Alex_Munguia said...

count chocula is Ace in my book....haha just kidding...Well I guess it represents the cereal accurately. Gross.

Niki said...

I know at some point you tricked me. I saw the first few packages and got excited, but then I saw "Sweet cred" and my depression came back. It wasn't as bad as 10 minutes ago though.

ThomasHjorthaab said...

Hey John!
I still haven't got a scanner so I can't show you my progress in the studies, but I did some Ren doodles last night if you have the time to leave a comment:)

Ren Höek

Also another question... Is there any chance we'll get to see Ren and Stimpy on new adventures with you as captain again?

Cheers
- Thomas

lastangelman said...

I thought I was going through my grandmother's attic looking at all the neat stuff - then you got to TODAY'S DESIGNS and nearly threw up.

Allan L. said...

For the record, that Cricket Cola is a newish product with a tastefully done "throwback" design.
http://www.drinkcricket.com/
I had some in Minneapolis a few years ago.
http://www.flickr.com/photos/elnegro/226766113

ArtF said...

the Spumco Palmer paint sets packaging you guys did is also pretty great.

jens said...

You have to admit, that as a kid you would prefer the new count chokula design instead over the all type rice krispies box.
Sure as a mature the typography is good in all helvetica, but if your audience are children they would find it downright boring

Olivia said...

Tude + Lots of Digital Airbrushing + Pointy Letters = Profit?

How depressing.

Dave Jacob Hoffman said...

There's a great quote: "Good design goes to heaven. Bad design goes everywhere."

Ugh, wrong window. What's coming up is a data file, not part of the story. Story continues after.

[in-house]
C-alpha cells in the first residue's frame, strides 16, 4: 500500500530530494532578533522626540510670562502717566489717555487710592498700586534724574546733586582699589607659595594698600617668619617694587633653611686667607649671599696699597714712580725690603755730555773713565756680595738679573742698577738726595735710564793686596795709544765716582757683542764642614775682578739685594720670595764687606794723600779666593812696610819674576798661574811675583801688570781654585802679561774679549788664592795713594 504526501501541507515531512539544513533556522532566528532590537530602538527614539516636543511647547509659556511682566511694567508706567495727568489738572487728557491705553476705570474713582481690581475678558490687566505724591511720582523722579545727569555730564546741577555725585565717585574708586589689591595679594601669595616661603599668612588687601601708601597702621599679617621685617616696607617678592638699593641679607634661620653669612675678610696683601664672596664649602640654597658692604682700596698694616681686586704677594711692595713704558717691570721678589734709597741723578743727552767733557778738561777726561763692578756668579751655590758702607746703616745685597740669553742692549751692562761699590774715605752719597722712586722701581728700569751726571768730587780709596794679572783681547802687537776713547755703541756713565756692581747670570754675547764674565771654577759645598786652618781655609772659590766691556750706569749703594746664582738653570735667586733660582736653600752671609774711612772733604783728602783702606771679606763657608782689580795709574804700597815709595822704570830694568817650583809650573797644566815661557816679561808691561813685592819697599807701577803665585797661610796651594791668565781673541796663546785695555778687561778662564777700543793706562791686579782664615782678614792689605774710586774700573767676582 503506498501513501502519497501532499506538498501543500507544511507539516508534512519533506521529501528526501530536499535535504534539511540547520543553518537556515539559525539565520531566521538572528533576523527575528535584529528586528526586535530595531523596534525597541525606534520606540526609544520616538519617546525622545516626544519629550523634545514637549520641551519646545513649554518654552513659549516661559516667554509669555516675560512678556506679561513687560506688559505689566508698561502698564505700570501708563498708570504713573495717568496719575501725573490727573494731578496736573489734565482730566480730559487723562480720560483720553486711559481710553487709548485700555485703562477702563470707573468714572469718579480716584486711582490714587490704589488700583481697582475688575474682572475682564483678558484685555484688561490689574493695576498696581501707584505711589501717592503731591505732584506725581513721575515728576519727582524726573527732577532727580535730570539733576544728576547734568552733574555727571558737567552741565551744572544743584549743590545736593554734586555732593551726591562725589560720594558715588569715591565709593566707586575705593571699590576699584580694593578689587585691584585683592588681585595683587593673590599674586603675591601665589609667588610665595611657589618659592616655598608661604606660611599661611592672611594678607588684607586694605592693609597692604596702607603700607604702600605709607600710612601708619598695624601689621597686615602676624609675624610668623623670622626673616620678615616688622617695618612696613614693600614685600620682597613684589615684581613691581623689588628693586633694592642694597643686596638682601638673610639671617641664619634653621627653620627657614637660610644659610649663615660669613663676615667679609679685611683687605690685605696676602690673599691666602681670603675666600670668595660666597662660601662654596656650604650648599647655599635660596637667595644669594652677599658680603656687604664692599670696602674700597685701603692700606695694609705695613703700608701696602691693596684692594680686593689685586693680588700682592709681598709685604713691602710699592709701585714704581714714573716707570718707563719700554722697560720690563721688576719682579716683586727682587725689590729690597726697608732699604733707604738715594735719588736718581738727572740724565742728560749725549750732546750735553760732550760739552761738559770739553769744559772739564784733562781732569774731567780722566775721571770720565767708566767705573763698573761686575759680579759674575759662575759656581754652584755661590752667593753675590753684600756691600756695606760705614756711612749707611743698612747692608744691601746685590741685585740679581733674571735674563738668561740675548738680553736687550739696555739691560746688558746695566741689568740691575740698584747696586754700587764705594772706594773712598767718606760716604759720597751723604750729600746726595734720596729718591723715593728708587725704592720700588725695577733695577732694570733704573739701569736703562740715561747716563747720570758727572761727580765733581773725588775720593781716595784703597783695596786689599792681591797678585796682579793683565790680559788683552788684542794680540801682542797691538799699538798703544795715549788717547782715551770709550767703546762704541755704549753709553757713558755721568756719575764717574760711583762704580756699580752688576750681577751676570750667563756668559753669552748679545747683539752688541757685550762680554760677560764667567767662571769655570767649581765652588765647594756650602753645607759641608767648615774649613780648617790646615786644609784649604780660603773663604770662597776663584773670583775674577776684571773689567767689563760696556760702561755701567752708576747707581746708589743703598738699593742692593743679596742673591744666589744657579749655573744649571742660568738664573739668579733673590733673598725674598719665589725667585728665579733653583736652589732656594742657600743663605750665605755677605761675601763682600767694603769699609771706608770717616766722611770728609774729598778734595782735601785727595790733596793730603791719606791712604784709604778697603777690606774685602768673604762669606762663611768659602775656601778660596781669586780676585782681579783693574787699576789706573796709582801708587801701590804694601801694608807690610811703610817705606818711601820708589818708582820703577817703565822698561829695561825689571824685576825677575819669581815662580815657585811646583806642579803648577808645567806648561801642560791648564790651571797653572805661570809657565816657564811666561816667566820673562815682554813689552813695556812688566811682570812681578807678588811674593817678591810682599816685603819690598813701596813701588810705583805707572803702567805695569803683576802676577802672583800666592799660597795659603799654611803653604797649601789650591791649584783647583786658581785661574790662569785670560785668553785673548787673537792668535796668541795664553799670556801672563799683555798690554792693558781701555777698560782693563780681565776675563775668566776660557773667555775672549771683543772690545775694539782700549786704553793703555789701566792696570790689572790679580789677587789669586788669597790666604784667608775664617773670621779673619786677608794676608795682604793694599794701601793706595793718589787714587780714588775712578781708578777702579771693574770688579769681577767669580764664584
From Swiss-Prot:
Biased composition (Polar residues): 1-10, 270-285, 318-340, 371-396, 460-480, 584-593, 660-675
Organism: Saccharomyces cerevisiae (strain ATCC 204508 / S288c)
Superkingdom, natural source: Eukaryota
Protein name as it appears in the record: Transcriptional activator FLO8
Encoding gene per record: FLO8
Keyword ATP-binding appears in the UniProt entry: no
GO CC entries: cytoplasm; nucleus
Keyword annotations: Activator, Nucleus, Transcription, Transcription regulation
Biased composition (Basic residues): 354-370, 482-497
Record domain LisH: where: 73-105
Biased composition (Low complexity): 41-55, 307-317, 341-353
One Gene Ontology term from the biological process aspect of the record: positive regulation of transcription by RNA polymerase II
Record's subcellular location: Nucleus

It's true that there is a lot of bad graphic design out there, and the whole postmodernism thing in the 80's and 90's stirred up a lot of crap, but there is still good design to be had out there. One only needs to browse "Lovely Package" or "The Dieline" to find some good modern packaging design.

http://lovelypackage.com/

http://www.thedieline.com/

I do like the retro packaging you're posting (although a few things here and there are a little too kitch, especially a lot of the typography), but you're painting a picture of modern graphic design being complete crap, when it's not. It's easy to pick on the really bad stuff like cereal boxes, but there's plenty of really really good stuff happening out there.

And how about that Cricket Cola you posted? The packaging apes that retro feel, but it's a drink that hasn't been around for too long.

http://www.drinkcricket.com/press.html

I agree with you on pretty much all your cartoon theory, and I read your blog religiously, but when you start talking about graphic design, you're a little out of your element. When designers talk about the history of graphic design and all the different movements, the kitsch era is actually the one they tend to be embarrassed of. It's kinda like their Filmation, I suppose. Watch Micahel Bierut talking about how good it felt to do away with all the kitsch:

http://www.youtube.com/watch?v=VDLPAE9wLEU&feature=related